The first protagonist of the Saturday evening was Devis Venturelli, winner of the Alinovi prize in 2019, who investigates the relationship with the contemporary territory by exploring its spaces through mysterious surrealist and sentient forms. In his videos solitary, suburban or historical architectural settings are pushed to the limit by performative or installation interventions generated by off-screen actions or by ephemeral events at the center of the shot. The mini monographic dedicated to him presented his poetics in four short films, which are essential and with impeccable aesthetics. In Monumento (2010), an exorbitant truck engine motionless under the sun becomes a melancholy pseudo-equestrian mausoleum: the only movement is the imperceptible swaying in the wind of the glittery drapery that envelops it, while its breath-roar evokes contrasting sensations of restrained force. Sparring club (2015) documents the dance of some balls thrown into the air against the frescoed background of a seventeenth-century Lombard villa with the accompaniment of a symphony for synthesizers full of melancholy and tension. Sports performance reconverts those decadent rooms into a field of possibilities that are still open, but it also seems to prefigure a latent threat that could at any moment attack the fragility of the plaster. In Pneumotion (2015) the rhythmic artificial insufflation of an infinite concatenation of waste clothes creates a complex expanded body against the abstract background of an urban pavement that alludes with dystopian sound interference to the homologation of mass culture but also to the forced interdependence of individuals who find themselves cohabiting in the same space. Sculpt the motion (2017) shows sumptuous fabric-bodies, made with construction materials used in an incongruous way, which, animated by an artificial wind, advance in fluid decompositions and fortuitous finds. Their hieratic presence interprets the otherness of the non-place that hosts their deeds as if they were an emotional emanation or the last possible aesthetic exhalation, amidst suspicious crackles and phantom lullabies.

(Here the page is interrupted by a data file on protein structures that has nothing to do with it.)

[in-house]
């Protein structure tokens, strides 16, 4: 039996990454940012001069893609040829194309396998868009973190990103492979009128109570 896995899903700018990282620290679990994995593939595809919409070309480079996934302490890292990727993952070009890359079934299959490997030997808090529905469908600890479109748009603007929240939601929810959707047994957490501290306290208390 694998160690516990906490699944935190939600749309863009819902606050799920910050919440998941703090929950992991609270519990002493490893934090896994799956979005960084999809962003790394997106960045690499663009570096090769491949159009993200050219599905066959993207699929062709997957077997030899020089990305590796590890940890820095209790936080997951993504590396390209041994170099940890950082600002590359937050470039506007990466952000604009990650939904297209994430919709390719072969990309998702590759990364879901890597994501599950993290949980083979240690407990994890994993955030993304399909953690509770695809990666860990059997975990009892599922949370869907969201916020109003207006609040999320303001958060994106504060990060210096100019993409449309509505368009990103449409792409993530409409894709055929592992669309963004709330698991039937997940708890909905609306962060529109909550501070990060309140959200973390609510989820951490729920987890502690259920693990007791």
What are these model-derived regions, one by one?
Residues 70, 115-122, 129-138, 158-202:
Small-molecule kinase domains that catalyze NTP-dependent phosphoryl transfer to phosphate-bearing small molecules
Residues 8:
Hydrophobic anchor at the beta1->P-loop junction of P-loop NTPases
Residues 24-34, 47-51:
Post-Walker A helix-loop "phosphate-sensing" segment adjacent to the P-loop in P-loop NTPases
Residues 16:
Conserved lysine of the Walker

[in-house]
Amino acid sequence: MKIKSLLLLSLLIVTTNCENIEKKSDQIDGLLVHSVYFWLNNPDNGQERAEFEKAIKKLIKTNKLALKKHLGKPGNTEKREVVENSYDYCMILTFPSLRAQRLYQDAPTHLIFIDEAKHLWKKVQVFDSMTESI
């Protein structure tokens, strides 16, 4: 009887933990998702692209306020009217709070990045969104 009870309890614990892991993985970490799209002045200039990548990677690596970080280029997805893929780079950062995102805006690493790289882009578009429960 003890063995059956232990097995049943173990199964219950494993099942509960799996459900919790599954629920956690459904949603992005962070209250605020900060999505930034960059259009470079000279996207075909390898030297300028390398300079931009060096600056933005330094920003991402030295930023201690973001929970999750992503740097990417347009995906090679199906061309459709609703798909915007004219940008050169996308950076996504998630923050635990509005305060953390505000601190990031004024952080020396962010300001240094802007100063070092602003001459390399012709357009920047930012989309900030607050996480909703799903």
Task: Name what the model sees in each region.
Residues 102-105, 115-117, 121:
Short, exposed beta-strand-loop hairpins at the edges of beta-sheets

This has been followed by the audiovisual concert by Salvatore Insana + E-Cor Ensemble, an introspective journey into the heart of existence that starts from the rain-veiled window of a moving car. In the live, the fractures and interstices of perception amplified by music and images become existential passages in which the infinitely small measures itself against the macrocosm and overlaps it in a variable speed loop. The sky stumbles on the earth to become water in a relentless battle between inside and outside that generates primordial worlds impossible to quantify.
Arena Musei San Domenico di Forlì – Ibrida Festival 2020
Francesca Leoni & Davide Mastrangelo – Ibrida Festival 2020
Art Magazine Talks – Ibrida Festival 2020 EXATR
Caterina Palazzi – Ibrida Festival 2020
Devis Venturelli – Ibrida festival
Salvatore Insana – Ibrida Festival 2020
Graduated in art history at DAMS in Bologna, city where she continued to live and work, she specialized in Siena with Enrico Crispolti. Curious and attentive to the becoming of the contemporary, she believes in the power of art to make life more interesting and she loves to explore its latest trends through dialogue with artists, curators and gallery owners. She considers writing a form of reasoning and analysis that reconstructs the connection between the artist’s creative path and the surrounding context.